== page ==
The United States incarcerates over 2 million people — more than any other country. Most are people of color, and most come from low income backgrounds. They lose freedom of movement, regular contact with their families, voting rights, and access to phones and the internet. Uncuffed gives people in prison the power to tell their own stories.
KALW began teaching audio journalism to people at San Quentin Prison in 2012 and expanded to Solano State Prison in 2018. We teach students how to record 40 to 60-minute StoryCorps-style interviews and edit them down to 6-8 minute pieces using ProTools software.
Last year, we launched a podcast version of the series. As of August 2020, we’ve aired more than 90 interviews and stories produced behind bars and our podcast had over 33,000 downloads.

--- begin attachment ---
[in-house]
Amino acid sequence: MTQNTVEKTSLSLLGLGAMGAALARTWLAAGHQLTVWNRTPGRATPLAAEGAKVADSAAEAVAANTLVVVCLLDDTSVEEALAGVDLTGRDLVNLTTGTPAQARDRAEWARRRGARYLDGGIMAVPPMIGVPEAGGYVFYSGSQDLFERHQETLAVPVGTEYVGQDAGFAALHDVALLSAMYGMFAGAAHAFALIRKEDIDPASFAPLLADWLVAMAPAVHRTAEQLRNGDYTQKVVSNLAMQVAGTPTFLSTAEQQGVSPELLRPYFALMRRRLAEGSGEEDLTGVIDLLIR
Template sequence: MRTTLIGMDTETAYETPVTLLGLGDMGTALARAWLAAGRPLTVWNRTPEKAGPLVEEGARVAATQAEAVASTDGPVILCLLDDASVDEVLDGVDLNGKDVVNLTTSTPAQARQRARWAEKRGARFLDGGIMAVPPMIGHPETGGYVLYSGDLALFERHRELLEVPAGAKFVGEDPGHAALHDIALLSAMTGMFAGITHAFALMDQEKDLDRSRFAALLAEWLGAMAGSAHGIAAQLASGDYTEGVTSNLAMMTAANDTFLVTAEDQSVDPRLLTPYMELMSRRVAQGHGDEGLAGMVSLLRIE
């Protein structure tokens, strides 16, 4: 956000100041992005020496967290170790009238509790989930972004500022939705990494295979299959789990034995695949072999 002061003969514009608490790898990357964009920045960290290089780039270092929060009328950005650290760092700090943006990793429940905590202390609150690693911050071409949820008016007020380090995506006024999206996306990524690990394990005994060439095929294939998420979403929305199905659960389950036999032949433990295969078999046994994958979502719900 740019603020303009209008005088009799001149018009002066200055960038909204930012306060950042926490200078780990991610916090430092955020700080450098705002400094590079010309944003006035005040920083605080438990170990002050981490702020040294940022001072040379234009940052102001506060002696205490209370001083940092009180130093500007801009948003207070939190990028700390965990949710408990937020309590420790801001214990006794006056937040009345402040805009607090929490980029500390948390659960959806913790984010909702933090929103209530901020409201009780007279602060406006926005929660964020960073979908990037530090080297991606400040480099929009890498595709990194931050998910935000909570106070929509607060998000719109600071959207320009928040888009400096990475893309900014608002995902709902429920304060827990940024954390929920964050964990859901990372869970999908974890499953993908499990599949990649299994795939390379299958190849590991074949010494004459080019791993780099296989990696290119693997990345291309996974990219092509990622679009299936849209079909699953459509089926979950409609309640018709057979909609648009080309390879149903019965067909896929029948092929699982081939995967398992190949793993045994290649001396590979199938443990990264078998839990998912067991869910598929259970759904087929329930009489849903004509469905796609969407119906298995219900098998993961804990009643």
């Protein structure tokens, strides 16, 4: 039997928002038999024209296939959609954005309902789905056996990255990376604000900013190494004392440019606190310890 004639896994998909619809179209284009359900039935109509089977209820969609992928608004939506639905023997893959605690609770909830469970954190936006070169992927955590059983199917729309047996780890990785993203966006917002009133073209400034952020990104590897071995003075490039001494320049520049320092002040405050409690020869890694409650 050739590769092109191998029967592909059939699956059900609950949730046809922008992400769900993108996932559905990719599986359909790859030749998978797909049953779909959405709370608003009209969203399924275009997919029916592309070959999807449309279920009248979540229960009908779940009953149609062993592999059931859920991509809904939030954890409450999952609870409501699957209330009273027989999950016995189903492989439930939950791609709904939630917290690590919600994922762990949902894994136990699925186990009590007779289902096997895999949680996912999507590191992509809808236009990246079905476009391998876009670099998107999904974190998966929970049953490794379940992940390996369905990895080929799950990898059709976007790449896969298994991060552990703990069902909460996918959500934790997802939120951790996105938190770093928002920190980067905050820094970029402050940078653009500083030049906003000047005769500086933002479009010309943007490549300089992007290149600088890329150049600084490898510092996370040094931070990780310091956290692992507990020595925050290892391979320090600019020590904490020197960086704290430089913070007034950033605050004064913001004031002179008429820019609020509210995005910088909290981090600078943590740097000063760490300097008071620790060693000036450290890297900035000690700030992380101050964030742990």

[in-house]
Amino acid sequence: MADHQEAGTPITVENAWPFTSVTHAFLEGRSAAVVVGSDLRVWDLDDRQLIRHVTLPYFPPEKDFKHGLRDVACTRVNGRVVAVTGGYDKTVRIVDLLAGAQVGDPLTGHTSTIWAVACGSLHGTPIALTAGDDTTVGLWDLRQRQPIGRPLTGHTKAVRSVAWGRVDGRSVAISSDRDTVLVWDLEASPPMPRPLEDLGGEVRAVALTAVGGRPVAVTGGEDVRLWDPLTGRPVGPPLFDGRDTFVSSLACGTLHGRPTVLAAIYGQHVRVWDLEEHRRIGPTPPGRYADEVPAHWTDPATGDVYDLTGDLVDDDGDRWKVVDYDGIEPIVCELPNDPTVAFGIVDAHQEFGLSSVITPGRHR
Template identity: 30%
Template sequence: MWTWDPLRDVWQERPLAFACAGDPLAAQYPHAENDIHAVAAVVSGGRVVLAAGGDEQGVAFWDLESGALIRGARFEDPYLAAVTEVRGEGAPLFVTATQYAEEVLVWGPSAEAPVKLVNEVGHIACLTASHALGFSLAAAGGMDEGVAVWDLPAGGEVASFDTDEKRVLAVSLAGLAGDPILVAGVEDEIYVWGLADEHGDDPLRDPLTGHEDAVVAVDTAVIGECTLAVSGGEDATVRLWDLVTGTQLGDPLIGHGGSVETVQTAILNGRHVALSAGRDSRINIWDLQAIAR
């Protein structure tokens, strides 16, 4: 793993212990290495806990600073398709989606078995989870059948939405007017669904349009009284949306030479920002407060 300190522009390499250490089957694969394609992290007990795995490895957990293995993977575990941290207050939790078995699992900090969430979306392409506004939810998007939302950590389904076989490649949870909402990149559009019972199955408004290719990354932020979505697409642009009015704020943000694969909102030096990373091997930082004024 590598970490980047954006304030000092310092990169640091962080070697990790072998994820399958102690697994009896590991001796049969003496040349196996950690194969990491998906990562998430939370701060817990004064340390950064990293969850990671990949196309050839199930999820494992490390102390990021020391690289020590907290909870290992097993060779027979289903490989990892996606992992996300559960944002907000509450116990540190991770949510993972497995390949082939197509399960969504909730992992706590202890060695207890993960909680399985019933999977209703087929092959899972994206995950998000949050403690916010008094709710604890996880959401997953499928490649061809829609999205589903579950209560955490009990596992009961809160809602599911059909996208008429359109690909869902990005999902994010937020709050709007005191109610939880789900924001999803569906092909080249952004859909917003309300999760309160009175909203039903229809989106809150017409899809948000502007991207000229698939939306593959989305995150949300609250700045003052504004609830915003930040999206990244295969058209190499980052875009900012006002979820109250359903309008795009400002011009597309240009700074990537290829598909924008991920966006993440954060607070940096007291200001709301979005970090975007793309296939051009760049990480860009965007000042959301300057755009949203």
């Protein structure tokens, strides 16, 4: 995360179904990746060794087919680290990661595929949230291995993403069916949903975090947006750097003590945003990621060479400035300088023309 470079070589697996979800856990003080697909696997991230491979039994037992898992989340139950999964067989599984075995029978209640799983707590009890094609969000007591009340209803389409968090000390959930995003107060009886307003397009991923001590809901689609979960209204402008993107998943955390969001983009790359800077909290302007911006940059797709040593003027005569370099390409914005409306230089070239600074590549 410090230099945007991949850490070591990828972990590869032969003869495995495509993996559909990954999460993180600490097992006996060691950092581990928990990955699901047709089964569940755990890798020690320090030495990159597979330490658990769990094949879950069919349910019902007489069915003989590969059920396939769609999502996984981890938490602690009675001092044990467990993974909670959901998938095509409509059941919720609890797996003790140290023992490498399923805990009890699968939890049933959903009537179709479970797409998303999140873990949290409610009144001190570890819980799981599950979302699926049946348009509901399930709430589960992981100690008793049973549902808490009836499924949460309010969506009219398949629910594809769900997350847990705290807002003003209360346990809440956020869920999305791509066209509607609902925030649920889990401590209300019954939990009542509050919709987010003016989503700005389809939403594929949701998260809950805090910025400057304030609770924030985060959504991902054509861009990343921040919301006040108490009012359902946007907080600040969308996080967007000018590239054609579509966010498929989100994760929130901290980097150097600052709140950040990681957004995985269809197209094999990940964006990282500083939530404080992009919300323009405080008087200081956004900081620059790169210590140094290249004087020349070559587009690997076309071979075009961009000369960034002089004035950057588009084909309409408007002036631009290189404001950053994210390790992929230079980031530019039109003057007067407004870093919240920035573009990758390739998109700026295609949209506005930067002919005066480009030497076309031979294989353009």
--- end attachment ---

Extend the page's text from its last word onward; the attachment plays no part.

Uncuffed’s mission is to create emotional, human stories to change the narrative around incarcerated people, and change the criminal justice system. An advisory board of formerly incarcerated people help us stay true to that mission. The statewide prison TV system now broadcasts many of our pieces, allowing other prisoners to see people like themselves in a positive light.
In-person classes have been cancelled due to the coronavirus pandemic, but we have continued mail-in journalism courses. Meanwhile, we have used our network and reputation to tell the story of how COVID has ravaged prisons, including an episode featuring people writing letters to their loved ones in prison, whom they haven’t been able to visit.
Uncuffed can be a model for any media outlet with a prison in its area. We have already helped similar projects get off the ground and are willing and able to offer our resources and experience to other groups.